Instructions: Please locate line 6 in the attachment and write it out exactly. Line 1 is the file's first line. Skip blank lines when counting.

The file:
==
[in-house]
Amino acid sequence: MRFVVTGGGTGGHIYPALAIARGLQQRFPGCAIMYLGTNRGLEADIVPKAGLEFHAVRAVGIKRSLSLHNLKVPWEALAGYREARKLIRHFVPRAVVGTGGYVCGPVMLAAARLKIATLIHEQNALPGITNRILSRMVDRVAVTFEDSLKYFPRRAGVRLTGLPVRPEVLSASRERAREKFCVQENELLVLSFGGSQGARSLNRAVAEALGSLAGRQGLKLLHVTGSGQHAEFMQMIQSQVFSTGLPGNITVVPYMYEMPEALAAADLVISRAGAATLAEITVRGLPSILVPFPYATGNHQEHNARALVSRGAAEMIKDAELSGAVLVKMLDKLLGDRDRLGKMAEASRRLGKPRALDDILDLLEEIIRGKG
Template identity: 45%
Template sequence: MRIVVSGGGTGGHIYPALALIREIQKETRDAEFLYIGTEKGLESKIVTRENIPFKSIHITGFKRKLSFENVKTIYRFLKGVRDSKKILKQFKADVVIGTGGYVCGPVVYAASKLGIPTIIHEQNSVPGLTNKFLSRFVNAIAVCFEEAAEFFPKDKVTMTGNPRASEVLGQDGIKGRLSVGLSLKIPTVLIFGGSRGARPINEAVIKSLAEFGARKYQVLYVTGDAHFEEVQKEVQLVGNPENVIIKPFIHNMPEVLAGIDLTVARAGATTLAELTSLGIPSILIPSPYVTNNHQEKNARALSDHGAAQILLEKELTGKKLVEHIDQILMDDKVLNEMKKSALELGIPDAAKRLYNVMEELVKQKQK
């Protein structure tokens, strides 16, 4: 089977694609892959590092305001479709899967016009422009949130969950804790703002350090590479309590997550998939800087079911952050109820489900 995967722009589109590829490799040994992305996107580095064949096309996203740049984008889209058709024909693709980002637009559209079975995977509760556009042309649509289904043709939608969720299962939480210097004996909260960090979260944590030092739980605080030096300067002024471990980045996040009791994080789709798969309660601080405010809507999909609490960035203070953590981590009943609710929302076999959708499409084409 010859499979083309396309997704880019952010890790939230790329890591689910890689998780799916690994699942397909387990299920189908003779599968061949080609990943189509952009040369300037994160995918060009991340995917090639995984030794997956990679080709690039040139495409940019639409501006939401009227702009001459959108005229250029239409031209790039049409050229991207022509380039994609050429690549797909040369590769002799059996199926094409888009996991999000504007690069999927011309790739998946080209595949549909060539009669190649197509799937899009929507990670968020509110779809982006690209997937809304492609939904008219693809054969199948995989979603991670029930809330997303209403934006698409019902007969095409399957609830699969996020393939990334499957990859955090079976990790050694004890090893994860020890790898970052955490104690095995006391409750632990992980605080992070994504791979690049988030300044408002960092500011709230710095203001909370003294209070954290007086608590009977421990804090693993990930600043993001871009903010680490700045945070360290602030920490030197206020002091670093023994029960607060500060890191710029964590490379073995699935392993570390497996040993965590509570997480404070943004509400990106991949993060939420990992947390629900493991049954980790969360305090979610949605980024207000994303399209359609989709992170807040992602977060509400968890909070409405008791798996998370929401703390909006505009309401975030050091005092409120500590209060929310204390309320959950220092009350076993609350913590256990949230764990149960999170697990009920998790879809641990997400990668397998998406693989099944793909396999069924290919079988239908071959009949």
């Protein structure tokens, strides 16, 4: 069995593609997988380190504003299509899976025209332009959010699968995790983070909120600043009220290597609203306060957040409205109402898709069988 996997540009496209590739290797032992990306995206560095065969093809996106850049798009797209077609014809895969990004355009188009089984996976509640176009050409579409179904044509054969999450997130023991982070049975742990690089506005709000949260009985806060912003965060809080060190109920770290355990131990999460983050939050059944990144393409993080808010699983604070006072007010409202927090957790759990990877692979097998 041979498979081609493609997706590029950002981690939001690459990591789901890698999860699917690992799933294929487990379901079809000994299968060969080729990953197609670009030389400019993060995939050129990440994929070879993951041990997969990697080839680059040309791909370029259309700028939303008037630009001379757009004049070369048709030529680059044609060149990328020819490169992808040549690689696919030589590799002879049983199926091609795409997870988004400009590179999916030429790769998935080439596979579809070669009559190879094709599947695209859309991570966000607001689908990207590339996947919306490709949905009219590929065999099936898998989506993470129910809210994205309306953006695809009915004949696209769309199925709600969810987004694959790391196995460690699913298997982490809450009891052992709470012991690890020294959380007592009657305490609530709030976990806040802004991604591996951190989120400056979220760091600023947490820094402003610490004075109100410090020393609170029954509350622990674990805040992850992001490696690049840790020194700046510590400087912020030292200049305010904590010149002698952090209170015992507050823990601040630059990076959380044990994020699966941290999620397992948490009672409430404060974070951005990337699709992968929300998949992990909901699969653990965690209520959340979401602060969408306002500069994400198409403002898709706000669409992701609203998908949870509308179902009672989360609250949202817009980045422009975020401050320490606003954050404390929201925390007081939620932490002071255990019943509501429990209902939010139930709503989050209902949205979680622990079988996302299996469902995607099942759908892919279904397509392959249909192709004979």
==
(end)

């Protein structure tokens, strides 16, 4: 069995593609997988380190504003299509899976025209332009959010699968995790983070909120600043009220290597609203306060957040409205109402898709069988 996997540009496209590739290797032992990306995206560095065969093809996106850049798009797209077609014809895969990004355009188009089984996976509640176009050409579409179904044509054969999450997130023991982070049975742990690089506005709000949260009985806060912003965060809080060190109920770290355990131990999460983050939050059944990144393409993080808010699983604070006072007010409202927090957790759990990877692979097998 041979498979081609493609997706590029950002981690939001690459990591789901890698999860699917690992799933294929487990379901079809000994299968060969080729990953197609670009030389400019993060995939050129990440994929070879993951041990997969990697080839680059040309791909370029259309700028939303008037630009001379757009004049070369048709030529680059044609060149990328020819490169992808040549690689696919030589590799002879049983199926091609795409997870988004400009590179999916030429790769998935080439596979579809070669009559190879094709599947695209859309991570966000607001689908990207590339996947919306490709949905009219590929065999099936898998989506993470129910809210994205309306953006695809009915004949696209769309199925709600969810987004694959790391196995460690699913298997982490809450009891052992709470012991690890020294959380007592009657305490609530709030976990806040802004991604591996951190989120400056979220760091600023947490820094402003610490004075109100410090020393609170029954509350622990674990805040992850992001490696690049840790020194700046510590400087912020030292200049305010904590010149002698952090209170015992507050823990601040630059990076959380044990994020699966941290999620397992948490009672409430404060974070951005990337699709992968929300998949992990909901699969653990965690209520959340979401602060969408306002500069994400198409403002898709706000669409992701609203998908949870509308179902009672989360609250949202817009980045422009975020401050320490606003954050404390929201925390007081939620932490002071255990019943509501429990209902939010139930709503989050209902949205979680622990079988996302299996469902995607099942759908892919279904397509392959249909192709004979």